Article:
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Proliferative vitreoretinopathy: a revised concept of retinal injury and response
  1. Alexandre Assi1,
  2. David Charteris2
  1. 1Beirut Eye Clinic, Beirut, Lebanon
  2. 2Moorfields Eye Hospital NHS Foundation Trust, London, UK
  1. Correspondence to Dr Alexandre Assi, Beirut Eye Clinic, Beirut, Lebanon; alexassi{at}


Previous concepts for the pathogenesis of proliferative vitreoretinopathy (PVR) have focused on the central role of retinal pigment epithelium cells only, potentially contributing to the lack of clinical advances. More recent studies have demonstrated the essential role of retinal glial cells in the PVR healing response but failed to identify a consistent triggering mechanism.

We propose a revised concept for the pathogenesis of PVR based on retinal injury and response. A posterior vitreous detachment (PVD) is invariably present in patients with rhegmatogenous retinal detachment and PVR. There is evidence to suggest that the shearing forces of acute PVD can cause mechanical injury to the inner retina and trigger a subsequent intraretinal glial healing response. That response is characterised by subclinical glial cell activation and proliferation that may then be amplified into full-blown PVR by coexisting pathology such as retinal breaks and detachment.

Whether a PVD causes interface pathology depends on the plane of separation of the posterior vitreous and areas of increased vitreoretinal adhesions. If the vitreous separates in a plane or location that damages the inner retina then glial cell activation and proliferation are likely to develop. The severity of the subclinical inner retinal damage may then represent one of the missing links in our understanding of the pathogenesis of PVR and would explain many of the findings we encounter in clinical practice. Controlling the process of acute PVD and subsequent intraretinal response may be essential in the prevention and management of PVR.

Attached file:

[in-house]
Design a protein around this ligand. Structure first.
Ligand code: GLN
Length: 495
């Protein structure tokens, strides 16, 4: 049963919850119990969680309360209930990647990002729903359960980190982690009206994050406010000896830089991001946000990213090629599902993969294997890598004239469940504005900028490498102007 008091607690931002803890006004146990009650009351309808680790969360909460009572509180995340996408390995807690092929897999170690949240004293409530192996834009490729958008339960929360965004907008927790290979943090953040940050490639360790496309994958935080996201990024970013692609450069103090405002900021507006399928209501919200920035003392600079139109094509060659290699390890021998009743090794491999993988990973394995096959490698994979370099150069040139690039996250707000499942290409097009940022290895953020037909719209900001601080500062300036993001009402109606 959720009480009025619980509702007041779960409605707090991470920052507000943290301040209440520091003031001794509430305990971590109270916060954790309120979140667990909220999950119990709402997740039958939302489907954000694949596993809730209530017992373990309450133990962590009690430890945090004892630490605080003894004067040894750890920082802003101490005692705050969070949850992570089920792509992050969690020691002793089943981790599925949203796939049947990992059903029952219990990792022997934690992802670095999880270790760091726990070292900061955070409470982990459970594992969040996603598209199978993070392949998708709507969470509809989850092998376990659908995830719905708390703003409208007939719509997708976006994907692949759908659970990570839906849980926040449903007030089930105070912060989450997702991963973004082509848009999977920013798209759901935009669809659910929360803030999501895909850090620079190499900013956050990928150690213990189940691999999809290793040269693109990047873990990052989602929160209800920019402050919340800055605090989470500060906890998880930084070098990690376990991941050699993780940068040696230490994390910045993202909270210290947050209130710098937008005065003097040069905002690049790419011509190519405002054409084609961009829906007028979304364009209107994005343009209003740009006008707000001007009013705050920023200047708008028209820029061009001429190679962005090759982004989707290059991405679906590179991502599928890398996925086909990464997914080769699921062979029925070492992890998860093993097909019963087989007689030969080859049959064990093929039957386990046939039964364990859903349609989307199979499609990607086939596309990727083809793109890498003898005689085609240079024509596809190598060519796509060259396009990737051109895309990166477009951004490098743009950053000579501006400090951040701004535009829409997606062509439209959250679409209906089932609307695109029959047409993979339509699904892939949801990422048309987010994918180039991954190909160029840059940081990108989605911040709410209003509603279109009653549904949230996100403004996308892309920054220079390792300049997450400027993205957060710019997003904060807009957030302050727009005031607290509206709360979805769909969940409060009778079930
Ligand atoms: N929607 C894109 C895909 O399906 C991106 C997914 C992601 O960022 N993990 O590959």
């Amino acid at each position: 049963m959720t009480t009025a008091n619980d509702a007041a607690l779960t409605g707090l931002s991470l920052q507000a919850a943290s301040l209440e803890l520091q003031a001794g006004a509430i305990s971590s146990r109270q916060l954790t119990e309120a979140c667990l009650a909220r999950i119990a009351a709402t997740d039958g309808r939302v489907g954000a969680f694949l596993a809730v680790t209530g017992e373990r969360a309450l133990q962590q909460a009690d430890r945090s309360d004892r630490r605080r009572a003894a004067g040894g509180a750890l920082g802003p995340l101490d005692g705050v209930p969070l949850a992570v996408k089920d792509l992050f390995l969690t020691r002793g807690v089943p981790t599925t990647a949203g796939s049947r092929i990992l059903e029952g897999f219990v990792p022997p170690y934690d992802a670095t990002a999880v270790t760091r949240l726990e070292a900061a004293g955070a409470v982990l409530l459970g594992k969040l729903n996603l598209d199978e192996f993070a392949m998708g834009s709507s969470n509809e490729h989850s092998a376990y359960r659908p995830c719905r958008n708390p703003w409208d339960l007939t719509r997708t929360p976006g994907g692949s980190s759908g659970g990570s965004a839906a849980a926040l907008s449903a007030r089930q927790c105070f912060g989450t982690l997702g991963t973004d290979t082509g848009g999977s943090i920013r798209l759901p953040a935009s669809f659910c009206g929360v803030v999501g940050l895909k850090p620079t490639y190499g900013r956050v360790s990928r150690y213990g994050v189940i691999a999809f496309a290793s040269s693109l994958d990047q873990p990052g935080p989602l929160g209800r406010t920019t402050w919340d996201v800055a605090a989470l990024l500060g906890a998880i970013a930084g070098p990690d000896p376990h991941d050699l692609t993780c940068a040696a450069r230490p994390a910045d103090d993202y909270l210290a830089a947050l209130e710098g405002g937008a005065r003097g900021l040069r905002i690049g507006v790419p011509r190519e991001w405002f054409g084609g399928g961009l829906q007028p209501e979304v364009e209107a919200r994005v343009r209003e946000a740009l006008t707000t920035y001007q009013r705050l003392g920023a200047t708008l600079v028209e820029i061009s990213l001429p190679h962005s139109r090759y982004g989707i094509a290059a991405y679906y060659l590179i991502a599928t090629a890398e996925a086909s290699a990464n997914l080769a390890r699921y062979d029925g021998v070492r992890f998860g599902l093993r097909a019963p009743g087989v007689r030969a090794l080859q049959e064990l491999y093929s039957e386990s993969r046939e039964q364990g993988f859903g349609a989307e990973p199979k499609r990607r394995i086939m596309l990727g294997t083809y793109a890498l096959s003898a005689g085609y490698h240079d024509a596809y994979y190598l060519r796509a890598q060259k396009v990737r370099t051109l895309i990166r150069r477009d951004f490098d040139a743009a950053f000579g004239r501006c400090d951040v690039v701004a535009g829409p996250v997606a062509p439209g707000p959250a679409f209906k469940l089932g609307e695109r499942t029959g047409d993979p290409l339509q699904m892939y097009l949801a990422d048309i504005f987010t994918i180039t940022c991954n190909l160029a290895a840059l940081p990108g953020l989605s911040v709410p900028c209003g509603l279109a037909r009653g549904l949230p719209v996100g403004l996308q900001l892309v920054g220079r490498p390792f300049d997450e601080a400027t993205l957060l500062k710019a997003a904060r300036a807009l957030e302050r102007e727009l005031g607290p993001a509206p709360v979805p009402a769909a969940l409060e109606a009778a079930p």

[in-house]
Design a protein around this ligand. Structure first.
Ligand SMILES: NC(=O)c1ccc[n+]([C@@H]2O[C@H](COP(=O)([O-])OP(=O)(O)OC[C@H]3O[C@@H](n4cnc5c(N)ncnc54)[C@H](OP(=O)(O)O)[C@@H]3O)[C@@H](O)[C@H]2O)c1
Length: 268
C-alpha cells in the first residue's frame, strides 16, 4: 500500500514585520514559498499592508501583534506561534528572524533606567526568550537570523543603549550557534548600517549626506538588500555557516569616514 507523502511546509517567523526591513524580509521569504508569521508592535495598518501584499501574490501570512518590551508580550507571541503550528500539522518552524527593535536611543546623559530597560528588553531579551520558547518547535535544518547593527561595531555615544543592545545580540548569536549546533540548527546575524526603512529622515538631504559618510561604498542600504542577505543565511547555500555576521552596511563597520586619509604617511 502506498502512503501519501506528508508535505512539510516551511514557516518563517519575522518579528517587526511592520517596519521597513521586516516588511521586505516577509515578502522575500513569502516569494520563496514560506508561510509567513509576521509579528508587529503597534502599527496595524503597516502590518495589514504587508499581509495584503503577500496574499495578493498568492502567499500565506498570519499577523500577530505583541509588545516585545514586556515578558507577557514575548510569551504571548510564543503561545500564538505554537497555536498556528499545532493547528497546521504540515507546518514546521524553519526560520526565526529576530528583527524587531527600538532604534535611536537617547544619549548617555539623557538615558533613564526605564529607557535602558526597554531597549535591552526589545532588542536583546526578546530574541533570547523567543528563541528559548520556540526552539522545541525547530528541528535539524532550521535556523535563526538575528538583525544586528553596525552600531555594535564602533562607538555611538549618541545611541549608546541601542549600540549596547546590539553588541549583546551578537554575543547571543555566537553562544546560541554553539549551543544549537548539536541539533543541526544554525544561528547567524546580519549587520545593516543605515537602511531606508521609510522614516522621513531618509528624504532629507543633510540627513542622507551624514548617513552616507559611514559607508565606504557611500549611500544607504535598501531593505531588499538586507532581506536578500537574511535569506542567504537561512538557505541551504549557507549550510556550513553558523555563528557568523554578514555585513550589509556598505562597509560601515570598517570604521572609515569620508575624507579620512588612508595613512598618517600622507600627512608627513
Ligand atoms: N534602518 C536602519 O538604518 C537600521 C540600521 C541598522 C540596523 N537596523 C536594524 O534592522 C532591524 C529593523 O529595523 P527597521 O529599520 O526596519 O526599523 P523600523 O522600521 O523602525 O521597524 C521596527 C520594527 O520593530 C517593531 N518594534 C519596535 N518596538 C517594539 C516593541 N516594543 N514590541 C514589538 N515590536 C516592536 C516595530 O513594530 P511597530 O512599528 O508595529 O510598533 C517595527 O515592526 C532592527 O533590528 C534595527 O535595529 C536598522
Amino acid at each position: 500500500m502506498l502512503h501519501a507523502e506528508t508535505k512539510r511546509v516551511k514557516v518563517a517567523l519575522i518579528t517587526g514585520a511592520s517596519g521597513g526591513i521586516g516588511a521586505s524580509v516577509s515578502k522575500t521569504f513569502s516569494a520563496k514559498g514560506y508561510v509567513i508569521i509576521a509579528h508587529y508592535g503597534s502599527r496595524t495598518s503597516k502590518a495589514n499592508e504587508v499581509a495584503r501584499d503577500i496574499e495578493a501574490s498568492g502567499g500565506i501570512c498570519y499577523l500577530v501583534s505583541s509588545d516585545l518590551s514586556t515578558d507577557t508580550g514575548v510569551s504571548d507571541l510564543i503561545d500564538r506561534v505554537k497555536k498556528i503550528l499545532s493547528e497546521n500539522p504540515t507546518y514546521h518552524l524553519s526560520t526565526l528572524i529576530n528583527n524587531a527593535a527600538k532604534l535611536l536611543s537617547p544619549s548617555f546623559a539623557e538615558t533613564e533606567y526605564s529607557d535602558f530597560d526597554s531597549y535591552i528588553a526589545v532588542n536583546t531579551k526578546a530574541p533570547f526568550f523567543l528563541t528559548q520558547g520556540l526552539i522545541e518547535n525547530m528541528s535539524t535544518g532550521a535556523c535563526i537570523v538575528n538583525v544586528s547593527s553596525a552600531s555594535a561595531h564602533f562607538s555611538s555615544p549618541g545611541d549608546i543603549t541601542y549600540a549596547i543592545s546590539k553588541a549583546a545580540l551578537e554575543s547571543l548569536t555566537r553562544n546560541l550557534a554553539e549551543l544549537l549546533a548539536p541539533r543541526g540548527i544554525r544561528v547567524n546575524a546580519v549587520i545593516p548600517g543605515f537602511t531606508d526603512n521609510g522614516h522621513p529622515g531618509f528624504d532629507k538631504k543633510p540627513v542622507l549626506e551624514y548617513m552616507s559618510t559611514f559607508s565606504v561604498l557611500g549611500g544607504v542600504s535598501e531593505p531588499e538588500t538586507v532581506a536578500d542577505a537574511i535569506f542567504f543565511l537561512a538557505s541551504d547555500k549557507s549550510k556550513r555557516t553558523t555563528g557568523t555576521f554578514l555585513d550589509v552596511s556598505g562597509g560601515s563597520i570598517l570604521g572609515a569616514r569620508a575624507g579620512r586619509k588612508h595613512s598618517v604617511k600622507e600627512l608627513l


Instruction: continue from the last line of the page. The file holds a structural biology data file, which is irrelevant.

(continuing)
• Retina
  • Posterior Chamber
  • Vitreous

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  • Contributors AA made substantial contributions to the conception of the work in addition to the acquisition, analysis and interpretation of data and drafting the manuscript. DC made substantial contribution to the design of the work and reviewed it critically and approved the version to be published.

  • Funding The authors have not declared a specific grant for this research from any funding agency in the public, commercial or not-for-profit sectors.

  • Competing interests None declared.

  • Provenance and peer review Not commissioned; externally peer reviewed.